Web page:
Nael Nacer* was recently seen as Him in the Israeli Stage’s The Return. Recent Credits include: Small Mouth Sounds (SpeakEasy), Macbeth; Equivocation (Actors’ Shakespeare Project), True WestThe Flick (IRNE Award, Gloucester Stage), Calendar Girls (Greater Boston Stage Company), Constellations (Central Square Theatre), A Doll’s HouseBedroom Farce (IRNE Award); Come Back, Little ShebaAwake and Sing!The Seagull and Our Town (IRNE Award, Huntington Theatre), Mr. Burns, a Post-Electric Play; Intimate Apparel (Elliot Norton Award, Lyric Stage), 45 Plays for 45 Presidents (Merrimack Rep), A Number (New Repertory Theatre), Rhinoceros (Boston Playwrights’ Theatre), and Shear Madness (Charles Playhouse).
Marya Lowry* GSC: Lottie, Lettice & Lovage (IRNE Nomination, Best Supporting Actress), Clara, The New Electric Ballroom (Elliot Norton Award, Best Ensemble), Mom, True West. Boston-area Theatre: A Founding Member of Actors’ Shakespeare Project, over 25 roles including, Mme. Ranevskaya, The Cherry Orchard, title role, Macbeth, Olivia, 12 th Night, Prospero, The Tempest, Brutus, Julius Caesar, Duchess of Malfi, Cymbeline, Hamlet. Also: SpeakEasy Stage, Commonwealth Shakespeare Company, Vineyard Playhouse, Boston Playwrights’ Theatre, Nora Theatre, Musicians of the Old Post Road (Ariadne auf Naxos). National: Shakespeare Theatre of New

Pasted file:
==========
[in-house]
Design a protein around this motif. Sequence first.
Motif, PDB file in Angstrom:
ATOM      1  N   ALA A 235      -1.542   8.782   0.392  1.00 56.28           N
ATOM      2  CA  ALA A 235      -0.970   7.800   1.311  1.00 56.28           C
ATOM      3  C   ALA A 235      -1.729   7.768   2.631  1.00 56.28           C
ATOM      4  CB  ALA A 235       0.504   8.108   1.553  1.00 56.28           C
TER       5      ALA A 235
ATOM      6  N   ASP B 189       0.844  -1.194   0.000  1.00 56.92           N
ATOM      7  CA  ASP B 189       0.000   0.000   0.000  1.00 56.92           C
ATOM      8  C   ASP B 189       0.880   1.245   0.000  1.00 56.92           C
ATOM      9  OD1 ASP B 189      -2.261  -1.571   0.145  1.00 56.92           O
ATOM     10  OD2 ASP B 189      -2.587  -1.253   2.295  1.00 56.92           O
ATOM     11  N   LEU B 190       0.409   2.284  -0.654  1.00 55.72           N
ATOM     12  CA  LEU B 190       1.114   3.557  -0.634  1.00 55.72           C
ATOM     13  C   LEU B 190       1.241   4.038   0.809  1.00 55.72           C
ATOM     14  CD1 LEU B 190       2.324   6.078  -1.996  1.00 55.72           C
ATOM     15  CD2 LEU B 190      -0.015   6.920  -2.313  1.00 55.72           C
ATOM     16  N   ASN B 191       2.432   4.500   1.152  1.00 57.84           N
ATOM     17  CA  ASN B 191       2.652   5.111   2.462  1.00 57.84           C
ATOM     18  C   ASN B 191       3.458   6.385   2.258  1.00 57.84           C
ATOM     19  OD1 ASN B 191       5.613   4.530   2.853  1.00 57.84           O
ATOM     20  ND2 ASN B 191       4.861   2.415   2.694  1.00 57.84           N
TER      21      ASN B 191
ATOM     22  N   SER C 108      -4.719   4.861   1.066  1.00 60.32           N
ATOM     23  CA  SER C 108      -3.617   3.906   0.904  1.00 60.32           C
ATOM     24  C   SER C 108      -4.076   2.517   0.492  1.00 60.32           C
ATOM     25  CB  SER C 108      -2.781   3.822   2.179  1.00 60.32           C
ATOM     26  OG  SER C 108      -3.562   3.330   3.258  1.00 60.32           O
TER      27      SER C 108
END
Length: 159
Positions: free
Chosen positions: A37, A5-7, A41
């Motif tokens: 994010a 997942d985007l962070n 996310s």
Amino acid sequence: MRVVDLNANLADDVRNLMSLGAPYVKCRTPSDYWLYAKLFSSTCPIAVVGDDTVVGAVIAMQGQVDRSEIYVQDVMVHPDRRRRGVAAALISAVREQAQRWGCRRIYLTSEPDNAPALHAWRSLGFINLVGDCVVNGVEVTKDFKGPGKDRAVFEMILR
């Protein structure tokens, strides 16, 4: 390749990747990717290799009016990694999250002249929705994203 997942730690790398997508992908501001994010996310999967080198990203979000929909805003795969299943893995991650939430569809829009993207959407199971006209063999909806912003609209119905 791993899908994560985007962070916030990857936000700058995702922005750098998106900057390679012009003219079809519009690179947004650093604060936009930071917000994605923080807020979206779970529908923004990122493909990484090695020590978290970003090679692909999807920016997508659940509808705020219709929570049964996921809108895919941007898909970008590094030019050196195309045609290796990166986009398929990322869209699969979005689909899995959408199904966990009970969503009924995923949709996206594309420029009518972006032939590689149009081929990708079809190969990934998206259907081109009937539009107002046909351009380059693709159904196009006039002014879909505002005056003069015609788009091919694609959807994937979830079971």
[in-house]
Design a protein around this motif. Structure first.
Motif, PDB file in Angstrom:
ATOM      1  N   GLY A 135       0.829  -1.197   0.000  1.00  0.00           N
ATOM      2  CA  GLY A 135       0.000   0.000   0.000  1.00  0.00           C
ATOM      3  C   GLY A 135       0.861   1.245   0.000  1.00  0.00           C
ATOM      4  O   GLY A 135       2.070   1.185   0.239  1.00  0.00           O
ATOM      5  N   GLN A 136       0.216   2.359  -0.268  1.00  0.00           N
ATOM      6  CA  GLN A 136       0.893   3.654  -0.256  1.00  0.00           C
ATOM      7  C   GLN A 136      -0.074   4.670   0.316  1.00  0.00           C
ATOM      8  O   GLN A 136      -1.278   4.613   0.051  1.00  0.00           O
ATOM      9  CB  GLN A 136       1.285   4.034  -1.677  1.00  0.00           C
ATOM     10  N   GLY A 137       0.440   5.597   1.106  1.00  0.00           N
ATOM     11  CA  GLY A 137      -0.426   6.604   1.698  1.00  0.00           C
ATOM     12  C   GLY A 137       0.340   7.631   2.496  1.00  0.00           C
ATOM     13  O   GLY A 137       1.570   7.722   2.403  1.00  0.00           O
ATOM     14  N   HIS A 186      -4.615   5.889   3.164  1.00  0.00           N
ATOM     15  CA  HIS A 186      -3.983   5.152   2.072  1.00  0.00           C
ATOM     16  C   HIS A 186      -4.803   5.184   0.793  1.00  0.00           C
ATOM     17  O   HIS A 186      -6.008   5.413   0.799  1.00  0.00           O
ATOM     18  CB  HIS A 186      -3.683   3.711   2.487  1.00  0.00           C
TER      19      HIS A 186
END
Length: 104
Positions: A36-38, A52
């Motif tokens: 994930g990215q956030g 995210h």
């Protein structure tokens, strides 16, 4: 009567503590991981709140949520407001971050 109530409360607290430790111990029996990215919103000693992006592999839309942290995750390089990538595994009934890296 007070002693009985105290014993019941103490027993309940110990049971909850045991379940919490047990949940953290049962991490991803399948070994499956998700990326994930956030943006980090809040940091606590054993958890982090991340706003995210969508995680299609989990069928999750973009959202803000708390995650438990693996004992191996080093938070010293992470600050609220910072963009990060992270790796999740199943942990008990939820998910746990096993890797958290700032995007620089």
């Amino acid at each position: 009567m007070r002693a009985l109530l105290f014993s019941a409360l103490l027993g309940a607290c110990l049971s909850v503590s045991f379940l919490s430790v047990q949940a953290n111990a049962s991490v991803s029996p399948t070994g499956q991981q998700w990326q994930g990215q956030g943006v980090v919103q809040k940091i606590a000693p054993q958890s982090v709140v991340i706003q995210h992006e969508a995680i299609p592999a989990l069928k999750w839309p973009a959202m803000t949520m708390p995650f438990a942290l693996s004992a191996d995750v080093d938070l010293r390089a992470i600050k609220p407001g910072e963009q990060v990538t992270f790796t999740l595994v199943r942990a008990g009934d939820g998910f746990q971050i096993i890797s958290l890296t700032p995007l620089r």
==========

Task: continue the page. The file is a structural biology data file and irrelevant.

Jersey, Riverside Shakespeare Company (NYC), American Repertory Theatre, Barter Theatre, The Gamm Theatre, Lyceum Theatre, San Diego, Merrimack Rep. International: toured Bulgaria with Divi Zheni, performing traditional Bulgarian songs, Luminato Festival, Toronto, Canada and the Roy Hart International Arts Centre, France. Narration for Boston Pops, Handel & Haydn Society and Cantata Singers. Teaching: Ecstatic Voice and Lamentation, Shakespeare and Presentation and Presence workshops span the U.S., France, Italy, Poland, Greece, Cyprus and the UK; Marya joined the faculty at Brandeis University since 1989 and is a mentor to incarcerated women in Massachusetts.